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The interview with John Beebe – „Typing the Group Mind, Part I”

The interview with Jungian analyst John Beebe conducted by Bob McAlpine on behalf of „Personality Type in Depth” Dec. 23-24, 2010. From the interview:

Personality Type in Depth: John, we have been wanting to ask you for some time what your thoughts on the concept of “team type” are, what value there is in trying to develop an understanding of the type of a team as opposed to just knowing the types of its individual members.

John Beebe: The question asserts that a team may have a type, and I’m glad that it does. There is a term in Buddhist philosophy that I believe might be helpful in understanding the nature of team consciousness. That is Dependent Origination, and it means that no matter how unique or original each of us may believe each other to be, what is most original about us, our consciousness, is dependent on our interactions with each other. That is because consciousness is an eco-system rather than the province of individual egos only. Ideas emerge in interaction with other people. Those other people are inside us anyway. Jung taught that ego-consciousness itself emerges out of a network of personalities within the person, which he called complexes, and I have followed him to map this development as I have experienced it myself. In his pioneering investigations of personality complexes, Jung saw that each complex contains its own splinter of consciousness, and he recognized that this splinter had a type, at least what we would now call a single function- attitude. I have added the notion that the type expresses itself through the archetypal role that is at the heart of the personality of the complex.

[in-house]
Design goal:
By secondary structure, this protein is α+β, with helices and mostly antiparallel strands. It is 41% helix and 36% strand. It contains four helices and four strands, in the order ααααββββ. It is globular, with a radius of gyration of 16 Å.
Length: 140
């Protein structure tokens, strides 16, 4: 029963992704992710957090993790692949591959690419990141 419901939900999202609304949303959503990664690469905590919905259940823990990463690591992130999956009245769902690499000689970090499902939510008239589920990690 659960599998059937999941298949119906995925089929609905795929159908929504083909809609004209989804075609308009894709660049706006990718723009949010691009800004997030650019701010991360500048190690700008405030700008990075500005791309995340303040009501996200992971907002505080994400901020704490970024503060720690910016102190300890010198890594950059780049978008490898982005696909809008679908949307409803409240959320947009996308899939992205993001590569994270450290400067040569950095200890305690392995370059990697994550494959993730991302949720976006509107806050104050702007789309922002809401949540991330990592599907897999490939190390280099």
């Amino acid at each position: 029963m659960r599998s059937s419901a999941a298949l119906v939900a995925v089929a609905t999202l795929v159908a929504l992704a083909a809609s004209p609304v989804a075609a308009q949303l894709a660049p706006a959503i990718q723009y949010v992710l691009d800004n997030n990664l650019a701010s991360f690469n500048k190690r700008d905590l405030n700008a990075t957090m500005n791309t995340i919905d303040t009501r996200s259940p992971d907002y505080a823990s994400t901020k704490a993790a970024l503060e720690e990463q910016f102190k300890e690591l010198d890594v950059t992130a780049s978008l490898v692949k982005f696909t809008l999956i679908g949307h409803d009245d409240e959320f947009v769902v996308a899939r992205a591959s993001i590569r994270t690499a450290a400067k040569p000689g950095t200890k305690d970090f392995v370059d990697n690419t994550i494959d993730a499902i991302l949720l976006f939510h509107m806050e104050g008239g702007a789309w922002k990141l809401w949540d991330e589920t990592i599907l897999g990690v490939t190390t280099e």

Read the interview

John-BeebeJohn Beebe

John Beebe, a Jungian analyst in practice in San Francisco, has been writing and lecturing about popular culture for thirty years. Concentrating particularly on the American cinema, he has demonstrated how archetypal patterns shape not only the scenarios but also the directorial styles that are most characteristic of our country’s canon, from the showcases of the great silent comedians, through The Wizard of Oz, film noir, the Hitchcock and Welles classics of the forties and fifties, and such auteur masterpieces as Letter From an Unknown WomanThe African Queen and Rebel Without a Cause, and on to contemporary classics like Broadcast NewsThe GriftersSchindler’s List, and Brokeback Mountain. Jungian psychological themes Dr. Beebe has identified in American film include humiliations of the body, the trickster’s role in individuation beyond the hero, the interplay of integrity and synchronicity, and the comedy and drama of competing types of psychological consciousness. His most recent book, co-authored with fellow analyst Virginia Apperson, is The Presence of the Feminine in Film, now available in paperback.

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